Companies cannot be LEED® certified but companies can make products that earn LEED® credits or make products that when used in particular ways earn LEED® credits.
Tamlyn XtremeTrim® products can earn or contribute to credits in categories MR 4.1 and MR 4.2. These credits require a minimum percentage of the value of the building materials to be recycled.
Tamlyn XtremeTrim® products are typically made from 75-100% post industrial and post consumer scrap.Member of U.S. Green Building Council since 2008
Member of U.S. Green Building Council since 2008
What is LEED®?
The Leadership in Energy and Environmental Design (LEED) Green Building Rating System™ encourages and accelerates global adoption of sustainable green building and development practices through the creation and implementation of universally understood and accepted tools and performance criteria.
LEED is a third party certification program and the nationally accepted benchmark for the design, construction and operation of high performance green buildings. LEED gives building owners and operators the tools they need to have an immediate and measurable impact on their buildings’ performance. LEED promotes a whole-building approach to sustainability by recognizing performance in five key areas of human and environmental health: sustainable site development, water savings, energy efficiency, materials selection and indoor environmental quality.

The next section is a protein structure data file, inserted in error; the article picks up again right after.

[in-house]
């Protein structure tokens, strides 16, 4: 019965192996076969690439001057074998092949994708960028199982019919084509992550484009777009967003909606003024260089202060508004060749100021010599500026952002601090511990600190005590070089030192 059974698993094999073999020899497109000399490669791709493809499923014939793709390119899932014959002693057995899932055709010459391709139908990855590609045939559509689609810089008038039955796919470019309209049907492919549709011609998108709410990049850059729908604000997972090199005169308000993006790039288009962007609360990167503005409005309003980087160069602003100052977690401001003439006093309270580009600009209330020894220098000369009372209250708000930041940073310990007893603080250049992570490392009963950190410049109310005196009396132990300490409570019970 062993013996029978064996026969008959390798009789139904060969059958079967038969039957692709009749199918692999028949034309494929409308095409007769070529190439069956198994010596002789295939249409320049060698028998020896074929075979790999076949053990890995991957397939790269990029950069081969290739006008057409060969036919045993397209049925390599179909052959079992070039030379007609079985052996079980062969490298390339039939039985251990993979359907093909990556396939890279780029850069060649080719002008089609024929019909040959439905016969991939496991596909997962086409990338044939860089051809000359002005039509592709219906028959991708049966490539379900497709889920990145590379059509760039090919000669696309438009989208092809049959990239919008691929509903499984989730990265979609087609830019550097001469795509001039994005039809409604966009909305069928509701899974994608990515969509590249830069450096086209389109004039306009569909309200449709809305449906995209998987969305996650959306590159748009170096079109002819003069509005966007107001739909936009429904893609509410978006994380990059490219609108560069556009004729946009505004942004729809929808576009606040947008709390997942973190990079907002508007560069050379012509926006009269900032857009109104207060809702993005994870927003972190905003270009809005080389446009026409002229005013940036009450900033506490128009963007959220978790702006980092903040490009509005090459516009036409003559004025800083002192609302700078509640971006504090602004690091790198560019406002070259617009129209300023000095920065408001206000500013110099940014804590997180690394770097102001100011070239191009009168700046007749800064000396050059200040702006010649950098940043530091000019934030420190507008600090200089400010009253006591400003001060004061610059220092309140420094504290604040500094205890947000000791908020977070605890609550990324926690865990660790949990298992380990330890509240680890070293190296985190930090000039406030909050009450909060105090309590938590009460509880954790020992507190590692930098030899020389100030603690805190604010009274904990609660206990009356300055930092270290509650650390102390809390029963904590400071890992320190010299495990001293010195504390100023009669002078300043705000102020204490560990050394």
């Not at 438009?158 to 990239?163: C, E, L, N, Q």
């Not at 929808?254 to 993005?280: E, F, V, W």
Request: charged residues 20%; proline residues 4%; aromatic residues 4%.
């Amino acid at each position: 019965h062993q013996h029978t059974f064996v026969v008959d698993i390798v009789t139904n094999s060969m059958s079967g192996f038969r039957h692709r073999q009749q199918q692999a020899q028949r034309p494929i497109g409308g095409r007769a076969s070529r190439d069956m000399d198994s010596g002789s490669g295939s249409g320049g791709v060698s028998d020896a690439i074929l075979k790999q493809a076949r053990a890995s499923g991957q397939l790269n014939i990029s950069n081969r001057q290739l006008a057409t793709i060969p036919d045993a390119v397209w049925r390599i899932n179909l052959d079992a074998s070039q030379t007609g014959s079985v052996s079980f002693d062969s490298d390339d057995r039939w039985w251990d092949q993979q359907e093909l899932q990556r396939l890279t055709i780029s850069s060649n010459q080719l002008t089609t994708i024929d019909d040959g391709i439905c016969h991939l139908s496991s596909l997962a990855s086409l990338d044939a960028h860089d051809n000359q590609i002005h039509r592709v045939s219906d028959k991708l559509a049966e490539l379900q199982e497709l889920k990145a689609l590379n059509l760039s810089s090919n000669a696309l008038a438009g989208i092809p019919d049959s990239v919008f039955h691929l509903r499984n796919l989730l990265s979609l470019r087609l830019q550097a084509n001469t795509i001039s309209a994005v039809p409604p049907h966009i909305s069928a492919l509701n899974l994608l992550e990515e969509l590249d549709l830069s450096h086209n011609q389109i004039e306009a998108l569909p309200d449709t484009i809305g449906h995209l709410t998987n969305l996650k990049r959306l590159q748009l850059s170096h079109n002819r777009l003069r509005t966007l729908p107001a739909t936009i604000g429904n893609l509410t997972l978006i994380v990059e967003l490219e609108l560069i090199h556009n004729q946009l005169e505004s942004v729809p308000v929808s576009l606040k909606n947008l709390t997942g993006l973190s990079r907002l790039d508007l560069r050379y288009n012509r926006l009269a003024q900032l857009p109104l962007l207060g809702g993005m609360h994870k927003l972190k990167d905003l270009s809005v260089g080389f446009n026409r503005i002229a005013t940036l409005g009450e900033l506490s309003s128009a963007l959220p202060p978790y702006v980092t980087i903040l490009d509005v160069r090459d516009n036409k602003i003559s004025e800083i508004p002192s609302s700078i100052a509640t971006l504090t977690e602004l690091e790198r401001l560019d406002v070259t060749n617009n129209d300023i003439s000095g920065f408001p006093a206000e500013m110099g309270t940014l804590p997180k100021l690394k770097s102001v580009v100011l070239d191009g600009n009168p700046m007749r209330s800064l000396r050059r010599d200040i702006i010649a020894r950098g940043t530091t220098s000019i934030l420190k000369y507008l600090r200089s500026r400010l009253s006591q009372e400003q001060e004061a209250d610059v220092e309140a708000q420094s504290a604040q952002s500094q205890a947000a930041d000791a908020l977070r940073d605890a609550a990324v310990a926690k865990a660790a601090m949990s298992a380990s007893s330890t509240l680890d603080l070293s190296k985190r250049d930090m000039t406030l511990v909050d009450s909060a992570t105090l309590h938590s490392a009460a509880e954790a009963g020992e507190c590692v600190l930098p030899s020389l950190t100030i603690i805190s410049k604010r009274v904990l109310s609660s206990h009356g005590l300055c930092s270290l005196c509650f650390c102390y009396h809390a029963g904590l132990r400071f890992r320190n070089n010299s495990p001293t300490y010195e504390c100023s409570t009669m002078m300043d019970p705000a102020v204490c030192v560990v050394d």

Who uses LEED?Architects, real estate professionals, facility managers, engineers, interior designers, landscape architects, construction managers, lenders and government officials all use LEED to help transform the built environment to sustainability. State and local governments across the country are adopting LEED for public-owned and public-funded buildings; there are LEED initiatives in federal agencies, including the Departments of Defense, Agriculture, Energy, and State; and LEED projects are in progress in 41 different countries, including Canada, Brazil, Mexico and India.
How is LEED Developed?
LEED Rating Systems are developed through an open, consensus-based process led by LEED committees. Each volunteer committee is composed of a diverse group of practitioners and experts representing a cross-section of the building and construction industry. The key elements of USGBC's consensus process include a balanced and transparent committee structure, technical advisory groups that ensure scientific consistency and rigor, opportunities for stakeholder comment and review, member ballot of new rating systems, and a fair and open appeals process.